SaaS, or Software as a Service, has been increasing in usage and popularity recently. It has been around for a while and has changed over the past 15 years. Let's take a look at where it is and where its current path.
First of all: what is SaaS? It is a way that businesses and other interested groups use software that is hosted by its vendor, and that software is delivered to clients through a web browser on the Internet. That same software or piece of code can be used by many users, regardless of where they are situated geographically, because it is hosted in a central location by the vendor. Sometimes, SaaS has been called remotely hosted or on-demand, and earlier on, the software was provided by an ASP (Application Service Provider).
Back in the later 1990s, businesses started using ASP for some of its software needs. However, ASP usage started fizzling out due to its one-to-one architecture, which meant that only businesses with a certain structure could use it, and that same architecture made it difficult for the software to be as flexible as businesses needed it to be.
Based on the needs of potential clients, the original ASP slowly developed into SaaS. Vendors adapted the current technology model to handle a one-to-many architecture, and this, along with other advancements, started making SaaS faster and more flexible. With these changes, those who thought SaaS would also fizzle were wrong – SaaS started to gain a hold in the market, but mostly for small and mid-sized companies.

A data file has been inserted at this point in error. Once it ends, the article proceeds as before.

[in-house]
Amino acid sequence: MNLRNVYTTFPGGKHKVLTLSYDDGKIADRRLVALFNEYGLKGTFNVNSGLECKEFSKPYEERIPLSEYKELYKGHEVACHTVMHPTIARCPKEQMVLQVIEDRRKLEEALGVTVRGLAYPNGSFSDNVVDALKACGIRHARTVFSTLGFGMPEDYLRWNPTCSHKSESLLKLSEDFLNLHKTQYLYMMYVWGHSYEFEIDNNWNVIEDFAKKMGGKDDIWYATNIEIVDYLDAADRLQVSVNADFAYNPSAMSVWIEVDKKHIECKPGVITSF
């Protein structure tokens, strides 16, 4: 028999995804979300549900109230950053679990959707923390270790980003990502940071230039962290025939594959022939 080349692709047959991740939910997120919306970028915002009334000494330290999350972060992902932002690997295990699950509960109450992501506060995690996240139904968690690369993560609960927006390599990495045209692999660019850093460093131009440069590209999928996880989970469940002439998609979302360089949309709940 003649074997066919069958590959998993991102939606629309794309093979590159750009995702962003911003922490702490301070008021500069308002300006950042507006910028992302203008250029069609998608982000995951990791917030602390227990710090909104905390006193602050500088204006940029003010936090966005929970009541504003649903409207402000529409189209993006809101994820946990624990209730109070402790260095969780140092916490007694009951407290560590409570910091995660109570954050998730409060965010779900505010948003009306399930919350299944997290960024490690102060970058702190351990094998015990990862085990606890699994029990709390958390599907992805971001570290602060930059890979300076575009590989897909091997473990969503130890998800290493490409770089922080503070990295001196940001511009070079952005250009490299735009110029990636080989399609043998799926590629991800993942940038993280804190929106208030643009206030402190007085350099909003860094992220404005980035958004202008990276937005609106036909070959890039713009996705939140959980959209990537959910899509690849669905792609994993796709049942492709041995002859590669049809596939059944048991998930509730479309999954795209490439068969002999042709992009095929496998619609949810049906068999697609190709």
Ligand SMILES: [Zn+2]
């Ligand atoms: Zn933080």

In the 2000s, as SaaS started to grow, vendors started providing more offerings. But with advancements and flexibility come issues. Clients started to have fears about security – was their data secure, were their networks safe from hacking?
Once again, SaaS providers responded. Not only did they implement greater security mechanisms, but SaaS was commonly used as an anti-virus and anti-spam solution itself. Currently, SaaS has become more customizable and with availability 24/7. It is a great benefit to all because it has no infrastructure costs, no human capital, and it is less risky because less maintenance is needed. Because it is more scalable, it still is well suited for smaller and mid-sized companies.